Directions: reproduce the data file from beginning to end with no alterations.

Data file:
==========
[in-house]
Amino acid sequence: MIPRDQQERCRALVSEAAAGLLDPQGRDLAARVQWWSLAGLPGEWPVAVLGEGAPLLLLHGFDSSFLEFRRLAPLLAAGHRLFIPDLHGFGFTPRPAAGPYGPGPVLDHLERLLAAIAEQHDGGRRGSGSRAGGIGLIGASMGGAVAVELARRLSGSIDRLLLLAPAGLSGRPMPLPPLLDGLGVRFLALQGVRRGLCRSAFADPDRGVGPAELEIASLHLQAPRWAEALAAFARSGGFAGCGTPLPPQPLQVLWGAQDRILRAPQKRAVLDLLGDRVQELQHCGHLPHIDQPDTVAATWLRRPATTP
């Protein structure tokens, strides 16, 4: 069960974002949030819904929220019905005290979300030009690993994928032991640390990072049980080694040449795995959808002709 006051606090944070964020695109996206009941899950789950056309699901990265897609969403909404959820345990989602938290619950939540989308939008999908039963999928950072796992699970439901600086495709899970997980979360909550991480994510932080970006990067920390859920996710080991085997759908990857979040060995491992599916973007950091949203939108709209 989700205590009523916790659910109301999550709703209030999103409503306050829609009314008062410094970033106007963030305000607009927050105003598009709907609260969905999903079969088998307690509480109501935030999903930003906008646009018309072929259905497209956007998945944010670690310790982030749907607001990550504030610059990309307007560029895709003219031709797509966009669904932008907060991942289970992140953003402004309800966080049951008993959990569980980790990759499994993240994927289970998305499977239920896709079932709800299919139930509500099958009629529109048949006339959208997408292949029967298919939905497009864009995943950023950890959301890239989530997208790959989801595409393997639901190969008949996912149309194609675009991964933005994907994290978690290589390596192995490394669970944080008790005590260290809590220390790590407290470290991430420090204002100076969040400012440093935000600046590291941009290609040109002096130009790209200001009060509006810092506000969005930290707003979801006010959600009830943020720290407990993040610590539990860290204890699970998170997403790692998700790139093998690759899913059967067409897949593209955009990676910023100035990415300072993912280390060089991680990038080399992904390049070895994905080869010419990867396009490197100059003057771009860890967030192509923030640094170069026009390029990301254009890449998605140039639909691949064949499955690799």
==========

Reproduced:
[in-house]
Amino acid sequence: MIPRDQQERCRALVSEAAAGLLDPQGRDLAARVQWWSLAGLPGEWPVAVLGEGAPLLLLHGFDSSFLEFRRLAPLLAAGHRLFIPDLHGFGFTPRPAAGPYGPGPVLDHLERLLAAIAEQHDGGRRGSGSRAGGIGLIGASMGGAVAVELARRLSGSIDRLLLLAPAGLSGRPMPLPPLLDGLGVRFLALQGVRRGLCRSAFADPDRGVGPAELEIASLHLQAPRWAEALAAFARSGGFAGCGTPLPPQPLQVLWGAQDRILRAPQKRAVLDLLGDRVQELQHCGHLPHIDQPDTVAATWLRRPATTP
């Protein structure tokens, strides 16, 4: 069960974002949030819904929220019905005290979300030009690993994928032991640390990072049980080694040449795995959808002709 006051606090944070964020695109996206009941899950789950056309699901990265897609969403909404959820345990989602938290619950939540989308939008999908039963999928950072796992699970439901600086495709899970997980979360909550991480994510932080970006990067920390859920996710080991085997759908990857979040060995491992599916973007950091949203939108709209 989700205590009523916790659910109301999550709703209030999103409503306050829609009314008062410094970033106007963030305000607009927050105003598009709907609260969905999903079969088998307690509480109501935030999903930003906008646009018309072929259905497209956007998945944010670690310790982030749907607001990550504030610059990309307007560029895709003219031709797509966009669904932008907060991942289970992140953003402004309800966080049951008993959990569980980790990759499994993240994927289970998305499977239920896709079932709800299919139930509500099958009629529109048949006339959208997408292949029967298919939905497009864009995943950023950890959301890239989530997208790959989801595409393997639901190969008949996912149309194609675009991964933005994907994290978690290589390596192995490394669970944080008790005590260290809590220390790590407290470290991430420090204002100076969040400012440093935000600046590291941009290609040109002096130009790209200001009060509006810092506000969005930290707003979801006010959600009830943020720290407990993040610590539990860290204890699970998170997403790692998700790139093998690759899913059967067409897949593209955009990676910023100035990415300072993912280390060089991680990038080399992904390049070895994905080869010419990867396009490197100059003057771009860890967030192509923030640094170069026009390029990301254009890449998605140039639909691949064949499955690799």